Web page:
OMC – a view from the Mediterranean

May 16, 2013

This year’s OMC conference ‘Charting a course in a changing sea’ attracted more than 560 companies from 30 countries to Ravenna, Italy, for 26 technical sessions and 120 speakers. But the changing gas market was on everyone’s mind.

US shale gas, EU market liberalization and the collapse of consumption in Europe have together upended the European region’s stable market in gas, ENI chief executive Paolo Scaroni told this year’s Offshore Mediterranean Conference (OMC).

Gas sales fell 15% in Europe in 2012 compared to 2008, due to the area’s ailing economy. Meanwhile, the potential for gas exports from the US is looming as a result of the country’s unconventionals boom.

And yet, said Scaroni, global gas prices remain dislocated.

For ENI, an integrated E&P and marketing company, the result has been a decision to renegotiate its contracts with all operators, including Norway’s Statoil, Libyan National Oil Corp., Algeria’s Sonatrach, and Russia’s Gazprom, by the end of this year, said Scaroni.

However, the Mediterranean has its own shifting market to contend with. North Africa, whose governments and IOCs were out in force at OMC, is emerging as a growing consumer to the south. The eastern Mediterranean and East Africa are also opening up new, significant gas provinces.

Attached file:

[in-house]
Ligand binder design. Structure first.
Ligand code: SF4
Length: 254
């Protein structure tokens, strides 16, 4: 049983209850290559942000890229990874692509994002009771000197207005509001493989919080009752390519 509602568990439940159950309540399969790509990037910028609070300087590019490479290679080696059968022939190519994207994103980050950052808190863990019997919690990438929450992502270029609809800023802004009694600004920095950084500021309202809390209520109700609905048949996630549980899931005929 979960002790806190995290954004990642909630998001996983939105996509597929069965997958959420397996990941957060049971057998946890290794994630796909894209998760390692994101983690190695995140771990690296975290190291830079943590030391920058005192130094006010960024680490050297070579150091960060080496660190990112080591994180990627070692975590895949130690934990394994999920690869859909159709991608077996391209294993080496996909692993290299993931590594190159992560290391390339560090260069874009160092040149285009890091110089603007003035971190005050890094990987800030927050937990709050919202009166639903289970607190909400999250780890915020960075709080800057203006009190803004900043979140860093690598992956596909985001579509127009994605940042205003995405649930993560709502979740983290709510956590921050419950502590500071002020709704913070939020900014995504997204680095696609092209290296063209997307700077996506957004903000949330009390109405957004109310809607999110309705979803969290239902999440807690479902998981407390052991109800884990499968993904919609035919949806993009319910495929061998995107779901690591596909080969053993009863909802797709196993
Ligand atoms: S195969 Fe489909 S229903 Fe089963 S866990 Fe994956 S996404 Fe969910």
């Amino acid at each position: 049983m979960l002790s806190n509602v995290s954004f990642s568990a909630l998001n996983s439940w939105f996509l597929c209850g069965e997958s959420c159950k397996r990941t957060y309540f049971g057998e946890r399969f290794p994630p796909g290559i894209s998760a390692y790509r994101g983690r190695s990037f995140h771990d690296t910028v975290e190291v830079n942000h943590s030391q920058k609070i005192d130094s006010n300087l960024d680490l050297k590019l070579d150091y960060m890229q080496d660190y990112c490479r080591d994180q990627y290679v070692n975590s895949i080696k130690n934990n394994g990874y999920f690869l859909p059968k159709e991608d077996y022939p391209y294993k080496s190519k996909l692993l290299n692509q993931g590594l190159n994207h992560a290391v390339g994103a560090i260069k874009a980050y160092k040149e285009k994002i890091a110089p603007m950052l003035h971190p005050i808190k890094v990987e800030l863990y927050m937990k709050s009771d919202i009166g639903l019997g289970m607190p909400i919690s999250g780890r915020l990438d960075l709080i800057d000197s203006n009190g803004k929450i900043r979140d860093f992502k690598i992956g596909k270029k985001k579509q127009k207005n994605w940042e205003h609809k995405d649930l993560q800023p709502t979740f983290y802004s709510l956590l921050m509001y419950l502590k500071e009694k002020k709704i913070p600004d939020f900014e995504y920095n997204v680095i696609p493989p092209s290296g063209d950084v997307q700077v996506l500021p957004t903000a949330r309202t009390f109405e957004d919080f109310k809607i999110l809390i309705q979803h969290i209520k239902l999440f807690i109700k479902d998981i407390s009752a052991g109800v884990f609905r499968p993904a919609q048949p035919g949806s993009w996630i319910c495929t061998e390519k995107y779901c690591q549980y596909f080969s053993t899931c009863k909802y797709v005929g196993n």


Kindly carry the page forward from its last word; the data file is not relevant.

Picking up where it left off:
Both trends are challenging traditional supplier-consumer relationships, but could also create on opportunity for the Mediterranean, OMC attendees heard.

Bruno Lescoeur, chief executive, EdisonBruno Lescoeur, chief executive of Italian oil and gas group Edison, said: “Exploration and production could be the backbone of the economy in the Mediterranean, attracting investment. Italy has an opportunity to play an important role.”

Driving increased demand in the south are countries more accustomed to exporting their resources: Algeria, Libya, and Egypt. These countries are now, for various reasons, starting to struggle to meet their own, growing needs (for energy as well as receipts from exports) and are hungry for foreign investment to increase production and make new finds, said Lescoeur.

While countries in Europe will see domestic demand double between 1990 and 2030, production is expected to increase by barely 20%. Meanwhile, countries to the south, from Turkey to Algeria, will see demand for energy increase eight-fold, and production six-fold, he said.

“This complexity between north and south will increase. The pure producer versus pure consumer paradigm is no longer valid,” said Lescoeur.

“One thing is certain: The Mediterranean basin can be a game changer in the EU, if you look at the recent discoveries in the region and the change in relationship between producing and consumer countries.”